Opera reviews: Handel’s Saul and Mahler’s Symphony No 8

Kosky brings a dazzling sense of visual drama to the oratorio.

The overture begins to a grey background with the severed head of the giant Goliath on the ground beside Iestyn Davies’s battle-traumatised David.

The curtain is then whipped up to an outburst of Hallelujahs from the jubilant Israelites over their victory against the Philistines.

On a long table, a riotous crowd in 18th century dress celebrate amongst cornucopias of fruit, flowers and slain animals.

The one person not rejoicing is Markus Brück’s King Saul, suddenly displaced in his people’s affections by a whipper snapper of a shepherd boy.

Saul’s madness is irrational and lethal.

The King attempts openly to kill the nation’s new favourite.

His son Jonathan is torn between obeying his father or betraying his friend David.

Counter tenor Davies captures the quiet authority of the young David, and his delivery of O Lord, whose mercies numberless is superb.

Saul’s daughters – haughty Merab and sweet-natured Michal – are sung by Karina Gauvin and Anna Devin, respectively.

Tenor Allan Clayton is an anguished Jonathan and baritone Brück follows the original Saul of Christopher Purves as the father from hell.

Tenor John Graham-Hall is suitably repellent as Witch of Endor.

Excellent playing from the Orchestra of the Age of Enlightenment under conductor Laurence Cummings.

There can be no better introduction to the spirit of the Proms than Mahler’s Symphony No 8 – popularly known as the Symphony of a Thousand because of the number of singers and musicians needed to fulfil its demands – in this case it’s more than 650.

Principal conductor to the BBC National Orchestra of Wales, Thomas Søndergård performed the colossal work as his farewell to the ensemble of which he has been principal conductor since 2012.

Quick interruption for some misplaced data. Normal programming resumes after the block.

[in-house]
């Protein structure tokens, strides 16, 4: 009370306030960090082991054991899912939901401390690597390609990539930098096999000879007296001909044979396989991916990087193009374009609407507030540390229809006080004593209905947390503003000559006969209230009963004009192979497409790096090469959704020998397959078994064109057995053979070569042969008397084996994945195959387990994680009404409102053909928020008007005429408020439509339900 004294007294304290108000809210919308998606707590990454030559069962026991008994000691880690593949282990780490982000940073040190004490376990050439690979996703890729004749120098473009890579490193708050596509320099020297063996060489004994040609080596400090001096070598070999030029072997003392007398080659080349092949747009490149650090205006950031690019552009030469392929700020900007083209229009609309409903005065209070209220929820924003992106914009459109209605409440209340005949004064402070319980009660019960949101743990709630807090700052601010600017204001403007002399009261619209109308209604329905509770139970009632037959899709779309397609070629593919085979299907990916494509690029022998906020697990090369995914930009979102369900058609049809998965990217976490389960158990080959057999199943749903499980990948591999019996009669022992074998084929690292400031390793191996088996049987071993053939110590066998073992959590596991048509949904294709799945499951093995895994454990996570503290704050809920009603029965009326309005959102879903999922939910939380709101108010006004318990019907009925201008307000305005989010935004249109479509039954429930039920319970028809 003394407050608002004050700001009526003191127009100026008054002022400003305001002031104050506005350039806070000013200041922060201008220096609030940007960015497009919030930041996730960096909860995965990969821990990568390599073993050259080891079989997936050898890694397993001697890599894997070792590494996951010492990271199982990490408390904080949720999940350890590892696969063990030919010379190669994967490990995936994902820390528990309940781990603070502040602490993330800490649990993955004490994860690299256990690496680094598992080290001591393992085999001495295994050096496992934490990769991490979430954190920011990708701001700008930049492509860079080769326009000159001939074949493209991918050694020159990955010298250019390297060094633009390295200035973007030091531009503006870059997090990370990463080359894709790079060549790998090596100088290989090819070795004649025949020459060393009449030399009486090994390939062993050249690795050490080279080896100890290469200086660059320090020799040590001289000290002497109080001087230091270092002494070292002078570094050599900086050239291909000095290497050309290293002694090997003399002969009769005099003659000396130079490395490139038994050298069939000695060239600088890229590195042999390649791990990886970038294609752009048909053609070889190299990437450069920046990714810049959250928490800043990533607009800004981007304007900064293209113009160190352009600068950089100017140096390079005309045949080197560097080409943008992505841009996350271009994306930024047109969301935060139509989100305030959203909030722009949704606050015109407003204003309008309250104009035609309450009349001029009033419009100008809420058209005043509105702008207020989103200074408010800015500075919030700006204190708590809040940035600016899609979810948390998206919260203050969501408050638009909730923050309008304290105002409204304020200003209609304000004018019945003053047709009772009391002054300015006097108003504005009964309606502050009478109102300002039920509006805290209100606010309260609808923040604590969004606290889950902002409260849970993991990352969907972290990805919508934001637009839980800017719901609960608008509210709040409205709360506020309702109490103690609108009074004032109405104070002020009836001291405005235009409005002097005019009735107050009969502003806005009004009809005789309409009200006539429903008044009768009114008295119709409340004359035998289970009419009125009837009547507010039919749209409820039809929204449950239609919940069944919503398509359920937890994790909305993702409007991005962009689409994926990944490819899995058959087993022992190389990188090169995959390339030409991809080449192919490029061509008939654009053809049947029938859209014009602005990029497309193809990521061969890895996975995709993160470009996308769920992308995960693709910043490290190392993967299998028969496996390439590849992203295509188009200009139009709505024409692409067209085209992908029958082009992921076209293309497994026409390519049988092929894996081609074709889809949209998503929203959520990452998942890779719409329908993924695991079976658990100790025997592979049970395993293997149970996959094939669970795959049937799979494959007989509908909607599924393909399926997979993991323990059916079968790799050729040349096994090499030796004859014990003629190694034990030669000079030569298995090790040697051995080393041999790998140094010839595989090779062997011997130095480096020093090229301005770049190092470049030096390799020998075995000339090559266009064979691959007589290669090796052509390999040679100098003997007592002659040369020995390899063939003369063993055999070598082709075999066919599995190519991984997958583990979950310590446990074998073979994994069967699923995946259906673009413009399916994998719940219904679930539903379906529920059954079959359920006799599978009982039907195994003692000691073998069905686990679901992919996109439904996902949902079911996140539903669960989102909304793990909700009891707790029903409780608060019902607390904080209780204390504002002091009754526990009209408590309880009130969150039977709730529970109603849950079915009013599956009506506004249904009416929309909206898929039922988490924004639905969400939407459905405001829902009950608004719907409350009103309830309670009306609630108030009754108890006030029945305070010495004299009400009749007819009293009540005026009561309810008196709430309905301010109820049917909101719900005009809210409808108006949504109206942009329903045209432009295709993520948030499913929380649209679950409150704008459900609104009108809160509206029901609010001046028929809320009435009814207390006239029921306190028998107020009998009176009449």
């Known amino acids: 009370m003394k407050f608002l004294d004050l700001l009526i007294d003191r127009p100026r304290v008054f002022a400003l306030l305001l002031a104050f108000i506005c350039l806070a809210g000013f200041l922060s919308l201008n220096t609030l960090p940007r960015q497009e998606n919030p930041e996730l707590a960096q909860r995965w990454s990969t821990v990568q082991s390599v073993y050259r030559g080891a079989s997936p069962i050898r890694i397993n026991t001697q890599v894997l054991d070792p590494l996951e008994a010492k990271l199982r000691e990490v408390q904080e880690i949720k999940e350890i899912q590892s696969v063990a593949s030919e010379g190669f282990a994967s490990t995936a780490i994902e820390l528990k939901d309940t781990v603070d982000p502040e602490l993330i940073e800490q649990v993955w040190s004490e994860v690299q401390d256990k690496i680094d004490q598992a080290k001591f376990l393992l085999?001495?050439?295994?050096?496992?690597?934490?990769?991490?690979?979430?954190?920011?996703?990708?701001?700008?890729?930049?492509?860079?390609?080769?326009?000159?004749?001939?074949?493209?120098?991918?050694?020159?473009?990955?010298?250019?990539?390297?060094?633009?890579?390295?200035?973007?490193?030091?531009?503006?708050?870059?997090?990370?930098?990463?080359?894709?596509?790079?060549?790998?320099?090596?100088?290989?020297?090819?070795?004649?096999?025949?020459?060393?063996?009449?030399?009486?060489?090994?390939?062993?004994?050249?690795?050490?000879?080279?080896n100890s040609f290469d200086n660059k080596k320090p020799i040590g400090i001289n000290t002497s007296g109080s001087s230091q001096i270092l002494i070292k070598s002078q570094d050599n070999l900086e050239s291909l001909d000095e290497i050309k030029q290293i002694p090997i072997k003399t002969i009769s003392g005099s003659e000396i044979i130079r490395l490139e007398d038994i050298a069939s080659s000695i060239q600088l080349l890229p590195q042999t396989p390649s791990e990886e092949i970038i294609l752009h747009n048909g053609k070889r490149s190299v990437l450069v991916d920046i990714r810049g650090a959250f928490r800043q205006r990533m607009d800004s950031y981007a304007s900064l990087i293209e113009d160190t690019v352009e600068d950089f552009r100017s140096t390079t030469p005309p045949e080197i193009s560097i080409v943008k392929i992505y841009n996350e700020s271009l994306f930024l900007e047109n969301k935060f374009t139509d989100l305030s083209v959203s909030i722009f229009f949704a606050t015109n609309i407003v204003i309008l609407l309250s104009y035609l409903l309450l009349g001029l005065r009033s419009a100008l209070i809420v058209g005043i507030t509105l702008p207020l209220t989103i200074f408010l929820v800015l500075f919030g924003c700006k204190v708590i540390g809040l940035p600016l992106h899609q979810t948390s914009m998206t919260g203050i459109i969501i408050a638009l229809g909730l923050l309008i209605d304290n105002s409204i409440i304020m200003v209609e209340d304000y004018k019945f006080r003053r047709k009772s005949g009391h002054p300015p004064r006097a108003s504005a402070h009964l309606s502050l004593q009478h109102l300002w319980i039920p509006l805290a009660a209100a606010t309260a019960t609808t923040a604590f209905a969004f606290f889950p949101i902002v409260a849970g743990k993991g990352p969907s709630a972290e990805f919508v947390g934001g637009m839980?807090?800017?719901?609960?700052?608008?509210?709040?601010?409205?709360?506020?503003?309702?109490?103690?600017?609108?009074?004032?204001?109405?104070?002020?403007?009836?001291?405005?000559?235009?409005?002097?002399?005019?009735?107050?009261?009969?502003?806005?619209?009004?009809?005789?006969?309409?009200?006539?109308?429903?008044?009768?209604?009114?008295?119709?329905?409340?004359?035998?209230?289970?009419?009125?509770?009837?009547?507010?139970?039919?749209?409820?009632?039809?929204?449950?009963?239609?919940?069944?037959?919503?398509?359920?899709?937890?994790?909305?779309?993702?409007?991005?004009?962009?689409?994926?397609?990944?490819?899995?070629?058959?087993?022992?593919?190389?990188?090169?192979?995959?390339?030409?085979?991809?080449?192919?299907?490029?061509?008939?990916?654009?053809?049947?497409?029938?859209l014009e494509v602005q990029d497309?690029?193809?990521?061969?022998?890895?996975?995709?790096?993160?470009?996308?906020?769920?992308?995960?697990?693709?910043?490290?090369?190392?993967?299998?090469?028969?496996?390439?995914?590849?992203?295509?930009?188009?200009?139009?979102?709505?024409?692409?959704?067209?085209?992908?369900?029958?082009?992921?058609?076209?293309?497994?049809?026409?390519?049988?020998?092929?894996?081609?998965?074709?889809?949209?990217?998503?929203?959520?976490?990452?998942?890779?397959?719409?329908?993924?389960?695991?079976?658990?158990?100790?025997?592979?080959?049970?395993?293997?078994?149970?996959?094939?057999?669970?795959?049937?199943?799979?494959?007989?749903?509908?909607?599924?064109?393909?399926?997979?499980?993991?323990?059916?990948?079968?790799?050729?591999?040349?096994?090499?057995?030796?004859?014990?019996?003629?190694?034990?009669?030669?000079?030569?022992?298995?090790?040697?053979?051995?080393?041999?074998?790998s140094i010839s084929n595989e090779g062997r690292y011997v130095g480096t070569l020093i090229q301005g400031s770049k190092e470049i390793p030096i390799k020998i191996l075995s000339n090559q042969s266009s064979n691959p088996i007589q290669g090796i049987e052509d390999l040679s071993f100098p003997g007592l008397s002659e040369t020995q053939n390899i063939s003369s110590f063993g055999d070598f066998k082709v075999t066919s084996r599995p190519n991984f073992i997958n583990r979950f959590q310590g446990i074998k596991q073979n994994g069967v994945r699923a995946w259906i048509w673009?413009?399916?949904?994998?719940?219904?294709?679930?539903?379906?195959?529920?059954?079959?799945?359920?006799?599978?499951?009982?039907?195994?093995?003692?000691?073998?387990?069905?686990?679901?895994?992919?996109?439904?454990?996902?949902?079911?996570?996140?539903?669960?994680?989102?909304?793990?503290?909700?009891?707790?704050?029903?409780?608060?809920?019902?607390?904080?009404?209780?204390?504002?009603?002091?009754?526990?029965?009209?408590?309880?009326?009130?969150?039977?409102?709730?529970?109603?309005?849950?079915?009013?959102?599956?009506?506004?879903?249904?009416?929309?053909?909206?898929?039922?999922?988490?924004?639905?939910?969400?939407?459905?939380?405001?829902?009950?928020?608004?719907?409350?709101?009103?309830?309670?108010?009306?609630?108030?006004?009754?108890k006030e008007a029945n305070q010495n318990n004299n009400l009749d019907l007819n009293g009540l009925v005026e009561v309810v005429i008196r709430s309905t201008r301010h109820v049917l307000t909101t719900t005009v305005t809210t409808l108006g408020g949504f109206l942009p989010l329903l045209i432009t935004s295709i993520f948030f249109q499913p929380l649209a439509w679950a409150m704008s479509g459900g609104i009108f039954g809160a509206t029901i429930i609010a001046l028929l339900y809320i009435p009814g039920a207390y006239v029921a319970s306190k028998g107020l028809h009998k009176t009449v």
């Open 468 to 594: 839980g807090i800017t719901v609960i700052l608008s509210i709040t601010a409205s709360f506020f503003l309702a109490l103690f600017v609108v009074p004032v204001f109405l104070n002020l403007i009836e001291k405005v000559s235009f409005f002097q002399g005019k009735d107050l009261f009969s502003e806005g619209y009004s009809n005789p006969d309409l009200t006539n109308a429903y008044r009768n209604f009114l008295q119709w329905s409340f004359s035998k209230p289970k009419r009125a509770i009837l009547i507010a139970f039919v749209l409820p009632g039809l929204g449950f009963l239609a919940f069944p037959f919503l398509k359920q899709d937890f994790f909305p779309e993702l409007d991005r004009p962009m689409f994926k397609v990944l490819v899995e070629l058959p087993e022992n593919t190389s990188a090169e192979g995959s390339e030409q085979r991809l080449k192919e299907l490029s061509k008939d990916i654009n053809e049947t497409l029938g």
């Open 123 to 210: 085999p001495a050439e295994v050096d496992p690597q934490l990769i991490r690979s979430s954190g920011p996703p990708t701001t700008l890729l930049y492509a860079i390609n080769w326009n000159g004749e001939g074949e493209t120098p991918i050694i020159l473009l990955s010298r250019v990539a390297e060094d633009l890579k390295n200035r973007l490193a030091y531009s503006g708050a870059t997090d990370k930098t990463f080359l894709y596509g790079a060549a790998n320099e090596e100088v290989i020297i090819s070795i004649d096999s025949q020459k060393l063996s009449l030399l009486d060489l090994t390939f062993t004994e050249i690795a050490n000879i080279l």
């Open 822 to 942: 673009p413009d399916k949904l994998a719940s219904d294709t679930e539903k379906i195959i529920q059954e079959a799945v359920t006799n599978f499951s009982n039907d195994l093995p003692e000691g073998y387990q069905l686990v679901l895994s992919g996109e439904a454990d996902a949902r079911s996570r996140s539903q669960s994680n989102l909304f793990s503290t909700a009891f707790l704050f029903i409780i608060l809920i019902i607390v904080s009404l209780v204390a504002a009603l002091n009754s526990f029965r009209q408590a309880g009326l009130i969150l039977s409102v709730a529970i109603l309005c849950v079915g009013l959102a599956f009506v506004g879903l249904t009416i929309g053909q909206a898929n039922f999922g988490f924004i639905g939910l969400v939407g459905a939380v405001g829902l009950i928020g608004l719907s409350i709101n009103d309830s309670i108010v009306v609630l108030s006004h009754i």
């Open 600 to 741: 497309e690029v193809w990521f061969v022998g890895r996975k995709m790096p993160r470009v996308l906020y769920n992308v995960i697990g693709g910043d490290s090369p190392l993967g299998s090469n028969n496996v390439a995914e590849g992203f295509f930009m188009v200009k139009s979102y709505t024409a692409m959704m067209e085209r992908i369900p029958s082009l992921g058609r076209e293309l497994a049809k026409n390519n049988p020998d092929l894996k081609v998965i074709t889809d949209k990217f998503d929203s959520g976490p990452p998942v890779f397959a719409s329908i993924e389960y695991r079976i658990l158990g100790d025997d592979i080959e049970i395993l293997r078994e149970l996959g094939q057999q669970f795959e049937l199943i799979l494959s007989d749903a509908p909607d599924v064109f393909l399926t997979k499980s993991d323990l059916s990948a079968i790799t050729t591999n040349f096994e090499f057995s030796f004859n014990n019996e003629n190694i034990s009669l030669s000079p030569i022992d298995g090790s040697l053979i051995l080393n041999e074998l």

A resounding goodbye, indeed.

Three separate adult choruses from Cardiff and London, and the Southend Boys’ Choir and Southend Girls’ Choir, joined eight top soloists in a one hour 40 minute celebration of the work that Mahler wrote during an inspired eight weeks, describing it as “my gift to the nation.”

The first part, a setting of the ancient Latin hymn Veni, creator spiritus (Come, creator spirit), begins with a tumultuous blast of the organ, and is polyphonic in style.

In the second part, the soloists come into their own.

The words are from the climatic mystical chorus of the final scene from Goethe’s Faust.

The soloists become named characters, as the saints debate the nature of love.

The mood is increasingly ecstatic, as the poem takes us on an upward journey from forest to the heavens.

Excellent singing, especially from soprano Tamara Wilson, tenor Simon O’Neill and baritone Quinn Kelsey.

Most thrilling of all was hearing the voice of Joelle Harvey as Mater Gloriosa floating seraphically from the gallery.